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After I became an adult, I understood that nothing would make me beautiful, cool, talented and cool as a “naturally” white girl is in the eyes of this society that supported a regime that enslaved black men and women for more than three centuries.

I understood how racism blocked my dreams and stopped me from dreaming big for years. To this day, I think I don’t deserve what’s really good for me. I am not enough to occupy spaces of power, decision or status. Marks of a life full of racist microaggressions that undermined my desires and ambitions and installed imposter syndrome in me.

Watching Big Brother Brasil and seeing white girls reproducing what I have suffered throughout my life in a concentrated way awakens several triggers. Seeing what Davi has suffered has been very painful. The talents he has in organizing, cleaning, and cooking are constantly invalidated despite taking advantage of it.

Everyone in the house overhears conversations and takes it to others like “look what I discovered”. When he hears something and goes to question it directly with the person involved, it is seen as if it were much worse than those who do it in secret. They made a strategy to leave him isolated, feeling that everything he does is wrong, so the best thing is to stay away and stay quiet.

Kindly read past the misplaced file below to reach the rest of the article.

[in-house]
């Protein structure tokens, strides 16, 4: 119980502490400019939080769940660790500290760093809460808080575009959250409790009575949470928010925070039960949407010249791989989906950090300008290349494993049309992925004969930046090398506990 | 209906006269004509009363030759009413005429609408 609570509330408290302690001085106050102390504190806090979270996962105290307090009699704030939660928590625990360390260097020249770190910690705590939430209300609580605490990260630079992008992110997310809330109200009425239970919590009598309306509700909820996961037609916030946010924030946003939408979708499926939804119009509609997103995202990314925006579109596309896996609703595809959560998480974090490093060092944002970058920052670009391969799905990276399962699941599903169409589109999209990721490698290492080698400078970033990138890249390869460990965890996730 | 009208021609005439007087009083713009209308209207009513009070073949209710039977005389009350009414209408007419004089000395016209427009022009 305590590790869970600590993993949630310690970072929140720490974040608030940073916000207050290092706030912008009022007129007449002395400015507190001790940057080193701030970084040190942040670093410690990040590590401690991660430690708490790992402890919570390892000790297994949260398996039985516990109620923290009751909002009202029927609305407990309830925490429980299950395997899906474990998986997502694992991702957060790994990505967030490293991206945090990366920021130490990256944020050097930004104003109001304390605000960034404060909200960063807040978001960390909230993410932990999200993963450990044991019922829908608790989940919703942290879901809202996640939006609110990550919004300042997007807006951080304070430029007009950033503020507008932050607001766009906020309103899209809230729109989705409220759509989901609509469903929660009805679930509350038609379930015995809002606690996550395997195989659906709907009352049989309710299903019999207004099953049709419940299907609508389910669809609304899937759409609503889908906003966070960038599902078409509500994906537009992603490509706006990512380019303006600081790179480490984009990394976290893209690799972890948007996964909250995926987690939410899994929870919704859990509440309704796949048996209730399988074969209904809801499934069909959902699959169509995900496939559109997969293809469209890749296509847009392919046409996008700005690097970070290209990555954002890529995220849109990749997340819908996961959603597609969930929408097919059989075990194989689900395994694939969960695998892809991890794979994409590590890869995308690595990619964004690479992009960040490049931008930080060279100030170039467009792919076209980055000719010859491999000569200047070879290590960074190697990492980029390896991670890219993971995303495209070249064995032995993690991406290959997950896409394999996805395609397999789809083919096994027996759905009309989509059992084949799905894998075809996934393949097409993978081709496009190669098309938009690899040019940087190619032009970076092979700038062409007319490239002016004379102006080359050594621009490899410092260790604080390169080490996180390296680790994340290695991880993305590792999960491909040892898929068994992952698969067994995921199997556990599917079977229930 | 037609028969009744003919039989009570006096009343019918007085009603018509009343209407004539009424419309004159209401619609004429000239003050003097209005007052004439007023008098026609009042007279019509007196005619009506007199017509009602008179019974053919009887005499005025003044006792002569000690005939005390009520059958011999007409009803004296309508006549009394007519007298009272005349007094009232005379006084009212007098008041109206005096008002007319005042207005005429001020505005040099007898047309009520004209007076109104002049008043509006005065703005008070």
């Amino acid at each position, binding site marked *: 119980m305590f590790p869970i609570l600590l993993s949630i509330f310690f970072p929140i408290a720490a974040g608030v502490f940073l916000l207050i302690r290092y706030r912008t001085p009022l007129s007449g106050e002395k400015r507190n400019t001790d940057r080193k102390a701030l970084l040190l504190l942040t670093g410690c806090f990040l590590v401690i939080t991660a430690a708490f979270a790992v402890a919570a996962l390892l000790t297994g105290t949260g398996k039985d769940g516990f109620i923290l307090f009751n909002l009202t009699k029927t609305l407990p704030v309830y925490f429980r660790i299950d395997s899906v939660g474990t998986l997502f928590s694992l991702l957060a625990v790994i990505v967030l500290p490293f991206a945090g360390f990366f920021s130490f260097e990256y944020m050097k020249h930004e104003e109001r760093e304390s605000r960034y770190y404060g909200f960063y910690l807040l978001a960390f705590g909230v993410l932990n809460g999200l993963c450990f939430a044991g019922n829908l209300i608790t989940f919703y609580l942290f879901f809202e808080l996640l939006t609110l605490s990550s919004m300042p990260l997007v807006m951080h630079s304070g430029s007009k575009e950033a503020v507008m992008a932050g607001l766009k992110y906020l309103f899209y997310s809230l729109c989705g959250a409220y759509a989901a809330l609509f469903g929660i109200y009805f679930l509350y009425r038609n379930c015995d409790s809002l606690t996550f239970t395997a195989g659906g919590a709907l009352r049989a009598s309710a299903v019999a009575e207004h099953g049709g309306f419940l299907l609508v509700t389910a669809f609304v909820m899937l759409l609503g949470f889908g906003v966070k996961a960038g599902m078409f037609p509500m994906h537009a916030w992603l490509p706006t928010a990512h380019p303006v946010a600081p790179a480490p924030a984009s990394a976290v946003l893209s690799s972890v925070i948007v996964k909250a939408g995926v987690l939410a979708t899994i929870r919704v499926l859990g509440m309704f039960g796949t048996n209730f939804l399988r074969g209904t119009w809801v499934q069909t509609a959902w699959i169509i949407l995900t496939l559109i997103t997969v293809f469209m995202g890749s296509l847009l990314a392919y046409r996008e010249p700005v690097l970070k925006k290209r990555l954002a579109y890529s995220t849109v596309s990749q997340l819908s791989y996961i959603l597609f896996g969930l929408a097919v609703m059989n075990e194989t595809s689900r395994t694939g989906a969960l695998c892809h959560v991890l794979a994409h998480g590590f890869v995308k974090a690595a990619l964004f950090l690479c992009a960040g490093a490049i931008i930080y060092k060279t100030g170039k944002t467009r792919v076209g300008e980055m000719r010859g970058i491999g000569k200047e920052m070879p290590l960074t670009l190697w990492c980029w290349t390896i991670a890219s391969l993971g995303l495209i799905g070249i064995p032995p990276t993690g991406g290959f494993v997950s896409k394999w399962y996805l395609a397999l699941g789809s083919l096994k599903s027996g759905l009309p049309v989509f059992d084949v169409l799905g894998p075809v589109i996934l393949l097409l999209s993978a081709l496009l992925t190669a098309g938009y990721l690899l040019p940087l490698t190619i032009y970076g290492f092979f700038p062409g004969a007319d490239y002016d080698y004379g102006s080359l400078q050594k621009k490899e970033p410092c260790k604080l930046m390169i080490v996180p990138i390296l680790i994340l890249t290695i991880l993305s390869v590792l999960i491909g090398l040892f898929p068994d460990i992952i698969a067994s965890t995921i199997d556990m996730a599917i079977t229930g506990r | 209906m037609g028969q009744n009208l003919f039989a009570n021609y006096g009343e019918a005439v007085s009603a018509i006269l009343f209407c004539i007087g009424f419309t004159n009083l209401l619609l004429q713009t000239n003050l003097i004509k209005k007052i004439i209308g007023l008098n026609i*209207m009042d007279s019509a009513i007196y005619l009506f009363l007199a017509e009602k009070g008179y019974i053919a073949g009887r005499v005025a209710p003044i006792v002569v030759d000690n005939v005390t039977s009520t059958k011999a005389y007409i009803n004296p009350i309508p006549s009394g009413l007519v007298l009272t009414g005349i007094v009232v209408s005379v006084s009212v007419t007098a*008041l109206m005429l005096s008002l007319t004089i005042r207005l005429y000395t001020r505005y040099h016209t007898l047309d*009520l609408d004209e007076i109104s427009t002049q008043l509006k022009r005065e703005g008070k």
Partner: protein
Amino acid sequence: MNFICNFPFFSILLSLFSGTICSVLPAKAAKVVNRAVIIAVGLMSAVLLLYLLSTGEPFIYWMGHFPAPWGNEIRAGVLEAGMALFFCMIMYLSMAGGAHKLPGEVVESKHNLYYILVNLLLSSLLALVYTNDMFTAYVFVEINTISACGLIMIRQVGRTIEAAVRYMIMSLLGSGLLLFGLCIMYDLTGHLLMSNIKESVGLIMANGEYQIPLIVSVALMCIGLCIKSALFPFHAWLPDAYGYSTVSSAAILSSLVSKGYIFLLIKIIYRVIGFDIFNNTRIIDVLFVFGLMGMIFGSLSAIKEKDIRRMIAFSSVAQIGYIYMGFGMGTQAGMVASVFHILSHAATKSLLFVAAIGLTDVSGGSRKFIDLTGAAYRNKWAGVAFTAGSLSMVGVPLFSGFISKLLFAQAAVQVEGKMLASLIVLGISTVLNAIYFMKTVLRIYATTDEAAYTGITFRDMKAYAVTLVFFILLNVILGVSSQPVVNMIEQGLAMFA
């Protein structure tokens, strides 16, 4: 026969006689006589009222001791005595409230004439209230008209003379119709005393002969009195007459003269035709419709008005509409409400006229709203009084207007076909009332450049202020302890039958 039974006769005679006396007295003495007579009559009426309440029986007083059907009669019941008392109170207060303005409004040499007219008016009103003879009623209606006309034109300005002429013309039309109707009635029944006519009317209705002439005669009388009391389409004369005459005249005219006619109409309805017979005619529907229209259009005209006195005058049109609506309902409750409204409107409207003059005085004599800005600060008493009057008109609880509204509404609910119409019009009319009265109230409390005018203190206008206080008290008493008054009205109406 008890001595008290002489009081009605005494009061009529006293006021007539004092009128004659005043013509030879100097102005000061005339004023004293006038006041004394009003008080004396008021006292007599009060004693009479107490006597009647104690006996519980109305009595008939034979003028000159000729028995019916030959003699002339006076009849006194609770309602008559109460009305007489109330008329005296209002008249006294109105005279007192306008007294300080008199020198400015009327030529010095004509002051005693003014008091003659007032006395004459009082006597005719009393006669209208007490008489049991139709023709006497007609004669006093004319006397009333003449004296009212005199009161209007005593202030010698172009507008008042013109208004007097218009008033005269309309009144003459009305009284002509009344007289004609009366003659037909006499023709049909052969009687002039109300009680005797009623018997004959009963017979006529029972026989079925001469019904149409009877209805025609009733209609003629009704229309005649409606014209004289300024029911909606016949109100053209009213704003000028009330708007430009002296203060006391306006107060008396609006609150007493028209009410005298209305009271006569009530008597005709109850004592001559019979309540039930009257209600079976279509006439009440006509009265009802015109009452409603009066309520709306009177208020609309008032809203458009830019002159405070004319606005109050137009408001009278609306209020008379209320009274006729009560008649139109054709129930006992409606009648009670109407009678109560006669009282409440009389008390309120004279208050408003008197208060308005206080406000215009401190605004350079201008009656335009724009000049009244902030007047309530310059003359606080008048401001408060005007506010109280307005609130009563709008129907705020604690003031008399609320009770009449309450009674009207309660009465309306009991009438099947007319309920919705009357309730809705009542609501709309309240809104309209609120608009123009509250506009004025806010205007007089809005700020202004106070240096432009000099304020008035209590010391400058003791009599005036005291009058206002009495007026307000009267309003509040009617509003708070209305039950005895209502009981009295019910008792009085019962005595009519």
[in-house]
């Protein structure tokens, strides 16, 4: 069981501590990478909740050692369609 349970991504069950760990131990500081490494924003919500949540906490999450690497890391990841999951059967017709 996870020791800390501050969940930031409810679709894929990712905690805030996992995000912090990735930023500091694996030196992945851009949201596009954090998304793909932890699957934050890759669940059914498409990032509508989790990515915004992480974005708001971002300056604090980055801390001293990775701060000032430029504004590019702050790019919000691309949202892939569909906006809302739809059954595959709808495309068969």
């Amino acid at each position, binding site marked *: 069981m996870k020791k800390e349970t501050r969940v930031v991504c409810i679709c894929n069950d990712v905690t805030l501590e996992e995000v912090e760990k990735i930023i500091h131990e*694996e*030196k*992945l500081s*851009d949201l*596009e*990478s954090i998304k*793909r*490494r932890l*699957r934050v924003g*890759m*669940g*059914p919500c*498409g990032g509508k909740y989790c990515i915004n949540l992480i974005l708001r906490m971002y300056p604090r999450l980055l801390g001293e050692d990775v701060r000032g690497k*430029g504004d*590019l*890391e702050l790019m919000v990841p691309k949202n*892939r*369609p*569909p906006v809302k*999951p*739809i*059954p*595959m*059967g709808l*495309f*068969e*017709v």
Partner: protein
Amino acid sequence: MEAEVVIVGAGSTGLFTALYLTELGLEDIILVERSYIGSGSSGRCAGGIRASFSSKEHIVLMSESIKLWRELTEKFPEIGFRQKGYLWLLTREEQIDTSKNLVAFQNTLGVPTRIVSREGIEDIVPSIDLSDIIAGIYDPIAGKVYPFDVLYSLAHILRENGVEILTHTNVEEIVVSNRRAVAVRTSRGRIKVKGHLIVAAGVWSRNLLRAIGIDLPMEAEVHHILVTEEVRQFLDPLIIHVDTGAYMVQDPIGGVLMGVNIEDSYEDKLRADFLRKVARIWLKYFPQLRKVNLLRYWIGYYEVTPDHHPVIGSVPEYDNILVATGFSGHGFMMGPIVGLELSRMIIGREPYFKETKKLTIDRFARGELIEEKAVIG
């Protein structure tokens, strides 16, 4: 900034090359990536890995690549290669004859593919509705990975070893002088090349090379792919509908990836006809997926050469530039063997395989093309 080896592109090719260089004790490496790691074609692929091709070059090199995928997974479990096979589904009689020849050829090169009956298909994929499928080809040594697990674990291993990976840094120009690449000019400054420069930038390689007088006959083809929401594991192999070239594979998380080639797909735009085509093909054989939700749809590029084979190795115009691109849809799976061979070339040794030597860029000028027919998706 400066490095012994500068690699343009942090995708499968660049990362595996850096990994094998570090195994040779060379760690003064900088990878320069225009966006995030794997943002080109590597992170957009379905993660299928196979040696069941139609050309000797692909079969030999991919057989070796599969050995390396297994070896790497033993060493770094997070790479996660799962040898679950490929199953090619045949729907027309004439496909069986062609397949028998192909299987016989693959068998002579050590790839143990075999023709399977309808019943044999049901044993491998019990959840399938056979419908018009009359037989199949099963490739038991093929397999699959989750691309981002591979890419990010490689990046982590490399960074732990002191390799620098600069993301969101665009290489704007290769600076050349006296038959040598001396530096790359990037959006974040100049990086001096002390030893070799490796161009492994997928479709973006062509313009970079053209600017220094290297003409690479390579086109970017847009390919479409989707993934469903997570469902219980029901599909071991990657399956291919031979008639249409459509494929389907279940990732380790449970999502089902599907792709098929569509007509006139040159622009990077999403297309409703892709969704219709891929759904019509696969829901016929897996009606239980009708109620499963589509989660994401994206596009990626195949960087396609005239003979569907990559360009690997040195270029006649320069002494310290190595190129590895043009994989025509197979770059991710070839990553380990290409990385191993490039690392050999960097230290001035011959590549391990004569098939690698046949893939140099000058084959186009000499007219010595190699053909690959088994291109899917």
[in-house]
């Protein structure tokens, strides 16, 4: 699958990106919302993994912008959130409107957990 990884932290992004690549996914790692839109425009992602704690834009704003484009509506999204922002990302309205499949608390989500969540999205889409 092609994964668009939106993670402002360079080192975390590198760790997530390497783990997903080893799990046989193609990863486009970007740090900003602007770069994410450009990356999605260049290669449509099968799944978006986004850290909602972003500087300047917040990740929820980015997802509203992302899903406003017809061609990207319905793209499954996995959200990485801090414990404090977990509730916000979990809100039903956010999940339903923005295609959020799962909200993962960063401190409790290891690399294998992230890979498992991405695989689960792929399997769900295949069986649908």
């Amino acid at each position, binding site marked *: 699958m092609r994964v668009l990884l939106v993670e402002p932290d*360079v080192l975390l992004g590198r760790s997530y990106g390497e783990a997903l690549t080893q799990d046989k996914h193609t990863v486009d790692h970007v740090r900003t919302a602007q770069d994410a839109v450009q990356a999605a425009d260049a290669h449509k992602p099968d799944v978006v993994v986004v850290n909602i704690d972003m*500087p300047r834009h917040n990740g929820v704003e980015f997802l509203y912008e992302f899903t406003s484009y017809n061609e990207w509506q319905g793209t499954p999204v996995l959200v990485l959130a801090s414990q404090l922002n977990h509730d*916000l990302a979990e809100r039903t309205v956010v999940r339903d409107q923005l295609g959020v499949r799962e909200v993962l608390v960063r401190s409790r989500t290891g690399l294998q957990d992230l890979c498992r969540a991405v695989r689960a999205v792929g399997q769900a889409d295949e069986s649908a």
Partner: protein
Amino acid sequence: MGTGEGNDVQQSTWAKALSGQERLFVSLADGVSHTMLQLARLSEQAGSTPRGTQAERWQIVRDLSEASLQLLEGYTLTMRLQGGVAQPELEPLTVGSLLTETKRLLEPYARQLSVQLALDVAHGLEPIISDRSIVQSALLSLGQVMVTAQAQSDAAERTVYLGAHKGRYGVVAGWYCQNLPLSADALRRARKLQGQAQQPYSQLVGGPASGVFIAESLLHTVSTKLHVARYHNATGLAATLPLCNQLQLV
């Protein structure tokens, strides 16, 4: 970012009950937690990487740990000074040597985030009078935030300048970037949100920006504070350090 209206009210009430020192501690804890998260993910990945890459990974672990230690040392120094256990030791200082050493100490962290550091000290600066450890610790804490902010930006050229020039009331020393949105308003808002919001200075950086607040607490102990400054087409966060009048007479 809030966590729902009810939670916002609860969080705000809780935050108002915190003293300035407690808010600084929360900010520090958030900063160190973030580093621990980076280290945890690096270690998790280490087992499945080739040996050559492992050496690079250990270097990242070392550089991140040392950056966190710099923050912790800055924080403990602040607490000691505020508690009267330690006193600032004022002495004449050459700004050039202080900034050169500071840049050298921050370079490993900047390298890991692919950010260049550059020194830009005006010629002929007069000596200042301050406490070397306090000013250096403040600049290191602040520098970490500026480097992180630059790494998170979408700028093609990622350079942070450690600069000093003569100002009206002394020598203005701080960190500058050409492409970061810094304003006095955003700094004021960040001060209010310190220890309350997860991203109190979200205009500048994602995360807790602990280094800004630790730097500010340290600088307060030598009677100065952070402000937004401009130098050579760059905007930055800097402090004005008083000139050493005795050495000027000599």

They try to convince their allies that he is no good, is not worthy of having friends and that staying close to him makes them a target for voting. His scream to defend himself is seen as aggressive, wild, brutal, violent… Those who say he deserves to be beaten, that he can go away since he won some awards, who judge his character, who try to push his friends away, who judge their relationships, who belittle their work, they evaluate themselves as good citizens, owners of morals and good customs. They like him to serve them, but not to take a stand.

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For years, racial oppression built in me a feeling of insufficiency and non-belonging. I see the same pain in David’s crying. Just like me as a child, he doesn’t realize that what he suffers is because of his color. He never even considered that possibility. Unfortunately, ignorance, lack of racial literacy, does not protect you. On the contrary, by not identifying the reasons for what he has endured, he blames himself and suffers even more. These pains leave marks on the soul.

I hope this exhibition brings to light the debate that racism does not only happen with swearing or physical aggression. It occurs when whiteness uses pacts, sometimes silent, to maintain its privileges. It’s sordid, discreet, difficult to prove, easy to manipulate, but it is racist. And little by little it destroys our potential. Those who do it say they didn’t understand or that it’s an exaggeration on the part of those who report it.

Now that I have revealed how this type of racism negatively affects our lives, I hope that a public apology from this privileged whiteness is not enough to move the public and once again make us invisible and hide our pain.

Editing: Pedro Carrano